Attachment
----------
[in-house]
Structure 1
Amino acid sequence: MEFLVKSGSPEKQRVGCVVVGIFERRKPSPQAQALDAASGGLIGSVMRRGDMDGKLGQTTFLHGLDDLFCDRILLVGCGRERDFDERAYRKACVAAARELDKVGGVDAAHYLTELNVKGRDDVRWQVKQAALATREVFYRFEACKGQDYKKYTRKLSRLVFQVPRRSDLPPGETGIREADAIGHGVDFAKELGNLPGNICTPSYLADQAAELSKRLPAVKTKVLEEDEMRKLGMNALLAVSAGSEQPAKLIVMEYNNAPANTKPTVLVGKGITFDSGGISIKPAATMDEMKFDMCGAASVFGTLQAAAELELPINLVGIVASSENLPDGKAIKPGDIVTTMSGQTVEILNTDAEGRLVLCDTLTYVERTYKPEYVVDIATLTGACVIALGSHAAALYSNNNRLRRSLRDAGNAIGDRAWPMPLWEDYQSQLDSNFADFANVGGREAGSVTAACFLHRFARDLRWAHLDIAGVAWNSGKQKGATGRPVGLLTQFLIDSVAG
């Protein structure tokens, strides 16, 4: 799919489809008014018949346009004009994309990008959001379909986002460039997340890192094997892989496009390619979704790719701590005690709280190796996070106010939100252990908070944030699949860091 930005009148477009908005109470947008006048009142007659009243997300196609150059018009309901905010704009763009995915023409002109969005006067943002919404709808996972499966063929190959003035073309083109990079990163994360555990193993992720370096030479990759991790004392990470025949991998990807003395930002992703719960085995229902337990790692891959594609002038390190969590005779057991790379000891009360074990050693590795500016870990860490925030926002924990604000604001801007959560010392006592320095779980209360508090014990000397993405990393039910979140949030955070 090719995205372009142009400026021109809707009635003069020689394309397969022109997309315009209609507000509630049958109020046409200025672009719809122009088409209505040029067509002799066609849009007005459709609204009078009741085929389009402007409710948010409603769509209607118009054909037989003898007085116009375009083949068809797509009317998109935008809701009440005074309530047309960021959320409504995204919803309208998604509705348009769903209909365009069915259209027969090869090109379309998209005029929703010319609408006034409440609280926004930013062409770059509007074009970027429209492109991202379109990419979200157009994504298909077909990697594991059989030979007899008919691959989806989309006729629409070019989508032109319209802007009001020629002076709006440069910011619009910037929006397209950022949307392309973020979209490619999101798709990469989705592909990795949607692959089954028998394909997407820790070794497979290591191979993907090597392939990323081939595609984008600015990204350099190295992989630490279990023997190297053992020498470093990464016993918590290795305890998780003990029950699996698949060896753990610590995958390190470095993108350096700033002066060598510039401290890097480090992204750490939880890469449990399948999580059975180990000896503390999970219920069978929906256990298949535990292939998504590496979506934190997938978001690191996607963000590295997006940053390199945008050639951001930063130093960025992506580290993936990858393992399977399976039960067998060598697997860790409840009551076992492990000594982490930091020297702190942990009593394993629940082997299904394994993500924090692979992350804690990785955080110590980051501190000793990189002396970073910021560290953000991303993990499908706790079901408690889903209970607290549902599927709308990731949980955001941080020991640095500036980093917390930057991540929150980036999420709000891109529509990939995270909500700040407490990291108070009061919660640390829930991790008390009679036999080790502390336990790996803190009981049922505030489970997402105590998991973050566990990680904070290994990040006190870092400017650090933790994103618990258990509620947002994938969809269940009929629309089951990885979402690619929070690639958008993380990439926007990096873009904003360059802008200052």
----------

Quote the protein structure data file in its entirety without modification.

[in-house]
Structure 1
Amino acid sequence: MEFLVKSGSPEKQRVGCVVVGIFERRKPSPQAQALDAASGGLIGSVMRRGDMDGKLGQTTFLHGLDDLFCDRILLVGCGRERDFDERAYRKACVAAARELDKVGGVDAAHYLTELNVKGRDDVRWQVKQAALATREVFYRFEACKGQDYKKYTRKLSRLVFQVPRRSDLPPGETGIREADAIGHGVDFAKELGNLPGNICTPSYLADQAAELSKRLPAVKTKVLEEDEMRKLGMNALLAVSAGSEQPAKLIVMEYNNAPANTKPTVLVGKGITFDSGGISIKPAATMDEMKFDMCGAASVFGTLQAAAELELPINLVGIVASSENLPDGKAIKPGDIVTTMSGQTVEILNTDAEGRLVLCDTLTYVERTYKPEYVVDIATLTGACVIALGSHAAALYSNNNRLRRSLRDAGNAIGDRAWPMPLWEDYQSQLDSNFADFANVGGREAGSVTAACFLHRFARDLRWAHLDIAGVAWNSGKQKGATGRPVGLLTQFLIDSVAG
């Protein structure tokens, strides 16, 4: 799919489809008014018949346009004009994309990008959001379909986002460039997340890192094997892989496009390619979704790719701590005690709280190796996070106010939100252990908070944030699949860091 930005009148477009908005109470947008006048009142007659009243997300196609150059018009309901905010704009763009995915023409002109969005006067943002919404709808996972499966063929190959003035073309083109990079990163994360555990193993992720370096030479990759991790004392990470025949991998990807003395930002992703719960085995229902337990790692891959594609002038390190969590005779057991790379000891009360074990050693590795500016870990860490925030926002924990604000604001801007959560010392006592320095779980209360508090014990000397993405990393039910979140949030955070 090719995205372009142009400026021109809707009635003069020689394309397969022109997309315009209609507000509630049958109020046409200025672009719809122009088409209505040029067509002799066609849009007005459709609204009078009741085929389009402007409710948010409603769509209607118009054909037989003898007085116009375009083949068809797509009317998109935008809701009440005074309530047309960021959320409504995204919803309208998604509705348009769903209909365009069915259209027969090869090109379309998209005029929703010319609408006034409440609280926004930013062409770059509007074009970027429209492109991202379109990419979200157009994504298909077909990697594991059989030979007899008919691959989806989309006729629409070019989508032109319209802007009001020629002076709006440069910011619009910037929006397209950022949307392309973020979209490619999101798709990469989705592909990795949607692959089954028998394909997407820790070794497979290591191979993907090597392939990323081939595609984008600015990204350099190295992989630490279990023997190297053992020498470093990464016993918590290795305890998780003990029950699996698949060896753990610590995958390190470095993108350096700033002066060598510039401290890097480090992204750490939880890469449990399948999580059975180990000896503390999970219920069978929906256990298949535990292939998504590496979506934190997938978001690191996607963000590295997006940053390199945008050639951001930063130093960025992506580290993936990858393992399977399976039960067998060598697997860790409840009551076992492990000594982490930091020297702190942990009593394993629940082997299904394994993500924090692979992350804690990785955080110590980051501190000793990189002396970073910021560290953000991303993990499908706790079901408690889903209970607290549902599927709308990731949980955001941080020991640095500036980093917390930057991540929150980036999420709000891109529509990939995270909500700040407490990291108070009061919660640390829930991790008390009679036999080790502390336990790996803190009981049922505030489970997402105590998991973050566990990680904070290994990040006190870092400017650090933790994103618990258990509620947002994938969809269940009929629309089951990885979402690619929070690639958008993380990439926007990096873009904003360059802008200052």